Read the original blog post they discuss here.
Fouad and Coté delve into the initial goals for mainframe modernization, the constraints, and past attempts at modernization that shaped the path they took. Fouad shares how they managed to migrate safely and at a rapid pace, all while maintaining the existing system's functionality.
Listen as Fouad walks us through how the team  leveraged the power of event storming workshops and Domain Driven Design (DDD) to understand the business domain and identify key areas for modernization. They discuss the challenges of working with older technologies like COBOL, and the strategies they used to bring business knowledge to a new generation of developers.
They also explore how the team navigated complex issues such as coexistence between the old and new systems, and how they incrementally built the new system to avoid any disruption of service. Fouad shares invaluable insights into the importance of context in these modernization efforts, and the lessons they learned along the way.
Whether you're a software engineer, an architect, or a business leader looking to modernize your own systems, this episode is filled with practical advice and lessons learned from modernizing a mainframe application. Tune in to learn from Fouad's experience and to understand how you can apply these lessons to your own mainframe modernization journey.
Read the original blog post.
Fouad’s Blog.
Fouad in LinkedIn.

Monday Apr 10, 2023

A lot goes into getting a platform up and running. Before you even get to that point, though, you’ll need to put together a business case and the plans for your platform. In this episode, Coté talks with Kerry Schaffer about that business case, but also about the role of developer happiness and platform marketing. We also discuss getting more women into IT and Kerry’s work with the Women’s Security Alliance.
Find Kerry in LinkedIn and Twitter.

Tuesday Apr 04, 2023

With Backstage, more Windows support, support for MySQL 8.0, and numerous other improvements, the new release of the Tanzu Application Service is packed. In this episode, Nick Kuhn walks us through the highlights of the Tanzu Application Service 4.0.
Nick goes over the 4.0 release in detail in a blog post.
Everything you’d want to know about the Tanzu Application Service.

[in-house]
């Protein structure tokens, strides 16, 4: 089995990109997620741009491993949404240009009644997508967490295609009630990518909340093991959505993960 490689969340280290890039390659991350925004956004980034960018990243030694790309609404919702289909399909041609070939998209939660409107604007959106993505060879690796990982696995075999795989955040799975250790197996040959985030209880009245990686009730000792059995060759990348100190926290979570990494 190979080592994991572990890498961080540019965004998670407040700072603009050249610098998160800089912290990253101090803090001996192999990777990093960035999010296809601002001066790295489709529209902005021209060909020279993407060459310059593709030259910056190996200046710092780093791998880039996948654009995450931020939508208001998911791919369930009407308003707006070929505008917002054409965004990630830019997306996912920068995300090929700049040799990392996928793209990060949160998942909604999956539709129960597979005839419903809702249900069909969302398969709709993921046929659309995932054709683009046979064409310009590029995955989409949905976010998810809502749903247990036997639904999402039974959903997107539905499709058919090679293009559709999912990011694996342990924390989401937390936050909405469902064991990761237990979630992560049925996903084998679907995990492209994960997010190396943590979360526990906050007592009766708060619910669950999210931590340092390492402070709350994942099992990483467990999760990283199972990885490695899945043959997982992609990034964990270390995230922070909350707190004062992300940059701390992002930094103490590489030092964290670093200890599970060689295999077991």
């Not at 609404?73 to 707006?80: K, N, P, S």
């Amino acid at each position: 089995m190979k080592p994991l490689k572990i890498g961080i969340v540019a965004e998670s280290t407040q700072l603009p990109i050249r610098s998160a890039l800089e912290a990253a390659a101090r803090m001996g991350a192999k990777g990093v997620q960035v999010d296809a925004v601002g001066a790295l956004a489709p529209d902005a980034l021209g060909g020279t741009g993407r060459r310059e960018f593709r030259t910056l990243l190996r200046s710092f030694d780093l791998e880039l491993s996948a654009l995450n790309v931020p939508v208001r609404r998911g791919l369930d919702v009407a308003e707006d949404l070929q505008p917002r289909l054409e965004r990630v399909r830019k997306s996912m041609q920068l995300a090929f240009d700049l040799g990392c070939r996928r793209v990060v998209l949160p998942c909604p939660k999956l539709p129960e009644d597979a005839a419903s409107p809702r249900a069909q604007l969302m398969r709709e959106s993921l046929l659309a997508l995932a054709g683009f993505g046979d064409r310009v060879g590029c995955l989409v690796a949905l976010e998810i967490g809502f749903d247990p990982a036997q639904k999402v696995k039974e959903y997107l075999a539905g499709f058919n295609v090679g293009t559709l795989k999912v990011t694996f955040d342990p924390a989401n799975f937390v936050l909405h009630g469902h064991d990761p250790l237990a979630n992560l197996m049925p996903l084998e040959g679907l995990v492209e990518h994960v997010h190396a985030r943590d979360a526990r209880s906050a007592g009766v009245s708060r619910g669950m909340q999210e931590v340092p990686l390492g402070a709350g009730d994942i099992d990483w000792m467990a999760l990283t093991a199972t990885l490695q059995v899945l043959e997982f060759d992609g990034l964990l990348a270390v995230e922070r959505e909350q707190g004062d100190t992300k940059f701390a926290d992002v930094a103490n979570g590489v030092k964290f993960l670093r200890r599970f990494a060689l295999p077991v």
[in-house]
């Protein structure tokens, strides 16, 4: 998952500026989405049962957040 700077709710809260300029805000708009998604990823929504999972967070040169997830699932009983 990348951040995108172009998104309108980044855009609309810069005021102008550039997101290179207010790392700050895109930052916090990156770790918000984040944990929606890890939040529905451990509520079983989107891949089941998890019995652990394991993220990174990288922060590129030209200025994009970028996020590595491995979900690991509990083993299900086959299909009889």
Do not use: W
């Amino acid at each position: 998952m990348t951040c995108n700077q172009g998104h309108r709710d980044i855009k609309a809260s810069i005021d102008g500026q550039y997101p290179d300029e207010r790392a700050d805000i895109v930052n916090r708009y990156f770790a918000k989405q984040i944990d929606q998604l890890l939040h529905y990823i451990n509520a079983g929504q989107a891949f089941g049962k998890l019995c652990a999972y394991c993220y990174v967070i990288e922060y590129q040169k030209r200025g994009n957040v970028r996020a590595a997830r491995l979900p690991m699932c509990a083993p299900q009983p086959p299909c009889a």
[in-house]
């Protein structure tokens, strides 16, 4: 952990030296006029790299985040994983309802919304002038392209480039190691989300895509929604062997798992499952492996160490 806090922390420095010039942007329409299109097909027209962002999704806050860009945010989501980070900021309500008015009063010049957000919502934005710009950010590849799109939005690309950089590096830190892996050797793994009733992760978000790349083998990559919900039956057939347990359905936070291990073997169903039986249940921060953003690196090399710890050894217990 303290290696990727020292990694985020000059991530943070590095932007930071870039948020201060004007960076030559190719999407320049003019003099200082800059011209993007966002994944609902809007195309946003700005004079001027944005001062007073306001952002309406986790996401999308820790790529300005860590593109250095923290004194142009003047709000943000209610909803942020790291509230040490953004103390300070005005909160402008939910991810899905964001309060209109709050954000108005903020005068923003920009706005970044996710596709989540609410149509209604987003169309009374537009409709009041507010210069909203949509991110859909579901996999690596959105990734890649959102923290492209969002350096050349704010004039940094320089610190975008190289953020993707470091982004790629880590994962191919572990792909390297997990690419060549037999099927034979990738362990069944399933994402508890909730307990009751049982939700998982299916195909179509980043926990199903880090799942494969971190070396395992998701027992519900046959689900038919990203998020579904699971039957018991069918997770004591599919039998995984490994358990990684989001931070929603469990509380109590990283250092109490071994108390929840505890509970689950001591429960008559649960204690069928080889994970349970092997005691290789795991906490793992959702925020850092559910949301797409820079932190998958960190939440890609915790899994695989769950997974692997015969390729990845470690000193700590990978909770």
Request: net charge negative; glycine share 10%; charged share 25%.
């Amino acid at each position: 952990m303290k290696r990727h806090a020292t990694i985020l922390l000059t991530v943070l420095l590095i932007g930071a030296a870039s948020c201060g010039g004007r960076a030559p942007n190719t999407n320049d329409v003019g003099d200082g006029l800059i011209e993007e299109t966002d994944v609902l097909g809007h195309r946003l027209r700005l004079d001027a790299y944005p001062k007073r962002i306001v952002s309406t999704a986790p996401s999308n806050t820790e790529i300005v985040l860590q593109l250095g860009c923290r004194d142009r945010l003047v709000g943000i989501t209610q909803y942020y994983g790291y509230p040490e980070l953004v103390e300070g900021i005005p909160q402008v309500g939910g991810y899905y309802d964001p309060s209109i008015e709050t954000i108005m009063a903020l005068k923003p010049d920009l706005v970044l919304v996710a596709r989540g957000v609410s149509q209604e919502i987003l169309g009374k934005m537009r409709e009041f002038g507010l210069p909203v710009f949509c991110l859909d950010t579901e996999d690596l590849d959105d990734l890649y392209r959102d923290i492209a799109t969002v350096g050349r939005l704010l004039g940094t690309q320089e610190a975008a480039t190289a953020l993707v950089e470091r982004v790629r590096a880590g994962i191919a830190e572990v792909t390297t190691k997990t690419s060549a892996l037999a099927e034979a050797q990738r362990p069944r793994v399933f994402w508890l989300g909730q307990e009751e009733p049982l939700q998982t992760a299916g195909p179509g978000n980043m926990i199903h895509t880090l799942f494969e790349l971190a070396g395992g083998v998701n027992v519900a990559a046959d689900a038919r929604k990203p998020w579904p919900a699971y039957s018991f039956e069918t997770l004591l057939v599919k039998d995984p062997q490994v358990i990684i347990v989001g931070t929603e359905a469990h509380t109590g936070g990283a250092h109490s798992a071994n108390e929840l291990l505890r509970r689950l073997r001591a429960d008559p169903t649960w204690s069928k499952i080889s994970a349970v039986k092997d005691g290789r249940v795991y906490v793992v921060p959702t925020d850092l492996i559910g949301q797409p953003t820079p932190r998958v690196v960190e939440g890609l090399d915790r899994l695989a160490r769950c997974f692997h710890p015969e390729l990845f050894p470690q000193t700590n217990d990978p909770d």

Find Nick in Twitter and LinkedIn.

Friday Mar 31, 2023

We should start distinguishing between on-premises kubernetes and public cloud kubernetes. Also, it looks like improving developer productivity improves everything.
That’s what Ben and Coté conclude after look over a recent analyst report ranking kubernetes distros/services and a survey on developer experience efforts in organizations.
The two reports:
Justin’s report at GigaOm, also here.
Forrester Consulting’s survey on platform engineering.
Here's the video of the recording if prefer that kind of thing.

Monday Mar 27, 2023

In the DevOps, cloud, platform world we're told that operations people starting working closely with developers. This week @thecote been asked "does that really happen?" several times. We discuss the orly on that. Also, Ben and Coté talk about the Spring Framework community.
Here is the video recording this episode if you prefer that kind of thing.

Friday Mar 17, 2023

What is VMware Tanzu? I get asked this question a lot and, you know, I try to explain it. If you want a really good explanation, you should check out a new book on the topic, DevSecOps in Practice with VMware Tanzu. It’s expansive and in-depth, not only on the parts of Tanzu, but also the theory, ideas, and ways of working that Tanzu embodies.
Cora Iberkleid joins me (Coté) to interview the authors of the book, Parth Pandit and Rob Hardt.
Here’s the book from Packt, in O’Reilly Safari, and in Amazon. 
Here’s a longer description of the book from the publisher:
As Kubernetes (or K8s) becomes more prolific, managing large clusters at scale in a multi-cloud environment becomes more challenging – especially from a developer productivity and operational efficiency point of view. DevSecOps in Practice with VMware Tanzu addresses these challenges by automating the delivery of containerized workloads and controlling multi-cloud Kubernetes operations using Tanzu tools.
This comprehensive guide begins with an overview of the VMWare Tanzu platform and discusses its tools for building useful and secure applications using the App Accelerator, Build Service, Catalog service, and API portal. Next, you’ll delve into running those applications efficiently at scale with Tanzu Kubernetes Grid and Tanzu Application Platform. As you advance, you’ll find out how to manage these applications, and control, observe, and connect them using Tanzu Mission Control, Tanzu Observability, and Tanzu Service Mesh. Finally, you’ll explore the architecture, capabilities, features, installation, configuration, implementation, and benefits of these services with the help of examples.
By the end of this VMware book, you’ll have gained a thorough understanding of the VMWare Tanzu platform and be able to efficiently articulate and solve real-world business problems.
What you will learn
Build apps to run as containers using predefined templates
Generate secure container images from application source code
Build secure open source backend services container images
Deploy and manage a Kubernetes-based private container registry
Manage a multi-cloud deployable Kubernetes platform
Define a secure path to production for Kubernetes-based applications
Streamline multi-cloud Kubernetes operations and observability
Connect containerized apps securely using service mesh
Who this book is for
This book is for cloud platform engineers and DevOps engineers who want to learn about the operations of tools under the VMware Tanzu umbrella. The book also serves as a useful reference for application developers and solutions architects as well as IT leaders who want to understand how business and security outcomes can be achieved using the tools covered in this book. Prior knowledge of containers and Kubernetes will help you get the most out of this book.